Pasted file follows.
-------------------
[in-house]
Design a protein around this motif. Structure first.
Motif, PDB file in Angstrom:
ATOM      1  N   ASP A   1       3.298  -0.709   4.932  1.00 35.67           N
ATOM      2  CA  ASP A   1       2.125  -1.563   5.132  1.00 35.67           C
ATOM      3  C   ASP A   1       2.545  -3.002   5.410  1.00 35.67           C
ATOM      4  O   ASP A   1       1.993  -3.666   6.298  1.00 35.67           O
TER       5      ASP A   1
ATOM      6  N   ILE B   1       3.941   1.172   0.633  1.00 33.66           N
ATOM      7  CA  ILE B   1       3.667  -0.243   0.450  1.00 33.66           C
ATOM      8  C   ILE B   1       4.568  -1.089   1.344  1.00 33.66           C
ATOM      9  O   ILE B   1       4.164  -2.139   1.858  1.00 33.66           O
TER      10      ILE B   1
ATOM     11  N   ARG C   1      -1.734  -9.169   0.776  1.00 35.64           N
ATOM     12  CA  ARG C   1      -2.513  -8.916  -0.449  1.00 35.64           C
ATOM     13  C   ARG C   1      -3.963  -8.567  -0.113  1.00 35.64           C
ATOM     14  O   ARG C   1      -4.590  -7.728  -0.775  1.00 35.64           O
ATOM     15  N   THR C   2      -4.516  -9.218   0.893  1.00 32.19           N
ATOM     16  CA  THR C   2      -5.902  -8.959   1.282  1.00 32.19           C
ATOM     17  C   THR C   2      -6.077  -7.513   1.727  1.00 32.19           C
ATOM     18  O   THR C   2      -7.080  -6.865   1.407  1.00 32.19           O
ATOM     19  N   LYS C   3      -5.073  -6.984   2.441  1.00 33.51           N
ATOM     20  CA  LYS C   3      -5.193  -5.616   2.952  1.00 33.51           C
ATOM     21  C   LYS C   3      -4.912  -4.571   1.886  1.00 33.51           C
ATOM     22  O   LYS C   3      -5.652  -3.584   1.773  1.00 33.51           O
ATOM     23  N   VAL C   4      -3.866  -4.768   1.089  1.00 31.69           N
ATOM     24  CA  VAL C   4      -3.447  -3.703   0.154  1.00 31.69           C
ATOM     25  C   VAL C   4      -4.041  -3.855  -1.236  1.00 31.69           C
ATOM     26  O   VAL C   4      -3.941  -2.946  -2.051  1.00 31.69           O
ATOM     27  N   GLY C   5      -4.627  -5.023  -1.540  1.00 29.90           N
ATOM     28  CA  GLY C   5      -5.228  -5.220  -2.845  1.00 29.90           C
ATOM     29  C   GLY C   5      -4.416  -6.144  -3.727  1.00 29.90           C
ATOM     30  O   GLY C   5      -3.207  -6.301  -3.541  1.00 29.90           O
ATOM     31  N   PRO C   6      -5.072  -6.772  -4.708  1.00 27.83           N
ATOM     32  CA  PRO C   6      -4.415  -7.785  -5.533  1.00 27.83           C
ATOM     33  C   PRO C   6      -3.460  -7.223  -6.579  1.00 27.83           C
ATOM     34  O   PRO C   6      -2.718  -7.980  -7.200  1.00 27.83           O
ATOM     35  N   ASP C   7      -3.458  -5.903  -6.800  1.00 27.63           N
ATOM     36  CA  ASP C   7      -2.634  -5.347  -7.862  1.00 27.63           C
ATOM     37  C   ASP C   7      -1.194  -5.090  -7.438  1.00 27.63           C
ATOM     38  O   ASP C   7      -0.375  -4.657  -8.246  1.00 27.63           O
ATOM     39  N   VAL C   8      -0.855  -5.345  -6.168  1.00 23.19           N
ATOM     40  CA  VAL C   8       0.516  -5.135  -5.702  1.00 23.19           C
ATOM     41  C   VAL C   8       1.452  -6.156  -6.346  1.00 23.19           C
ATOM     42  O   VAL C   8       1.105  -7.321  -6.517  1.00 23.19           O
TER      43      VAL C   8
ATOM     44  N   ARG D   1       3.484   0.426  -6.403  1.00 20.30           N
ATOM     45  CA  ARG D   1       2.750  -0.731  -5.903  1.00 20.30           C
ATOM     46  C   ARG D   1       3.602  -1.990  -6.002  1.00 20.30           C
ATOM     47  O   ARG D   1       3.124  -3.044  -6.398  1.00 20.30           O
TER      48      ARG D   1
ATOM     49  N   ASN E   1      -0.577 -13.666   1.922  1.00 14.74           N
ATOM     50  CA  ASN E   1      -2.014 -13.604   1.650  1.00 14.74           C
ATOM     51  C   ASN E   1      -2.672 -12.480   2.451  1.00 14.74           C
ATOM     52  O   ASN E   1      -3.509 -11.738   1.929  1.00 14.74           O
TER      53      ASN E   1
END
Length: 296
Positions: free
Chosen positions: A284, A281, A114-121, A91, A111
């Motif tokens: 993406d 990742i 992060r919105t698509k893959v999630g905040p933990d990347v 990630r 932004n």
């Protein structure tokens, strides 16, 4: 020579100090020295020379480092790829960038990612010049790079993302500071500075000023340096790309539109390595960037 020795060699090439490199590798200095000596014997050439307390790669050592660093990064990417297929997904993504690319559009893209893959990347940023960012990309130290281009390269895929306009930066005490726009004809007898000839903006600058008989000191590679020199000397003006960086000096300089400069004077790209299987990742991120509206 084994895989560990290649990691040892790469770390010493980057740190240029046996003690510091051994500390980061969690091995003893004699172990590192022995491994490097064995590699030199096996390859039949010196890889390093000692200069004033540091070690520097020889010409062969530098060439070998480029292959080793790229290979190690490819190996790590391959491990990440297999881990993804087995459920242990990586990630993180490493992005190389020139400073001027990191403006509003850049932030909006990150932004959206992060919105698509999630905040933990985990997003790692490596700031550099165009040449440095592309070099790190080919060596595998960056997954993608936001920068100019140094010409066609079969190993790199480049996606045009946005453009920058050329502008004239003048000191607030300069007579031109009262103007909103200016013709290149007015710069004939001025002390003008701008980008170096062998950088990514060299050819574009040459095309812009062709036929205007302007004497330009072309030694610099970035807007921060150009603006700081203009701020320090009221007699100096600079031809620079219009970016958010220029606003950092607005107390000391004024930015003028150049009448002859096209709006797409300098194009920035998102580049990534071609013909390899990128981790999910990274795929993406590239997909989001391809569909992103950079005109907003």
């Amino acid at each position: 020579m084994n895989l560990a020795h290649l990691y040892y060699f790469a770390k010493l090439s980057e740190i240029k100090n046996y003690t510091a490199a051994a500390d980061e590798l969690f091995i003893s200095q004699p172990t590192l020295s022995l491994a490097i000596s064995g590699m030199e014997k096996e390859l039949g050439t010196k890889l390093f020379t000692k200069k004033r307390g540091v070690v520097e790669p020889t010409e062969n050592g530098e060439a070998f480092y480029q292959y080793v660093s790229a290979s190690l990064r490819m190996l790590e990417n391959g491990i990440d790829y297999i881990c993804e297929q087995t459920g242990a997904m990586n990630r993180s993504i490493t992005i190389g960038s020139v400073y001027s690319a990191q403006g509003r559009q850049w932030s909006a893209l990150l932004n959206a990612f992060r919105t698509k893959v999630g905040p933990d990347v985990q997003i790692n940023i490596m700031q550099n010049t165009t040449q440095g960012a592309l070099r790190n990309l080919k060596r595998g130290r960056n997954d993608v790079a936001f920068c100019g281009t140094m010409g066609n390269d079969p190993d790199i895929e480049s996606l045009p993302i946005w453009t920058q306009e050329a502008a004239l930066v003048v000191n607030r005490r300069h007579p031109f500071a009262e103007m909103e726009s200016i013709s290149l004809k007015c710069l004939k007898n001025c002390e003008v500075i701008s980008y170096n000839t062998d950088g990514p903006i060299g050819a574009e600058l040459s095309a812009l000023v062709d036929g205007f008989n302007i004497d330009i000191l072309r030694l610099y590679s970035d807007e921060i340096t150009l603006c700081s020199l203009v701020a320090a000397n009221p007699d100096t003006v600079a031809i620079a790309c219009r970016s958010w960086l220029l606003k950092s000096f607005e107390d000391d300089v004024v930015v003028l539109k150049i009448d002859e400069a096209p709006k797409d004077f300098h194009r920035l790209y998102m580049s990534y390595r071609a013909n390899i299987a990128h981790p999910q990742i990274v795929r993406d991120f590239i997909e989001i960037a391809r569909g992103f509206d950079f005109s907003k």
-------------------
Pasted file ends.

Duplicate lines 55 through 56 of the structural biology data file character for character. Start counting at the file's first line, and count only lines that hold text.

ATOM     52  O   ASN E   1      -3.509 -11.738   1.929  1.00 14.74           O
TER      53      ASN E   1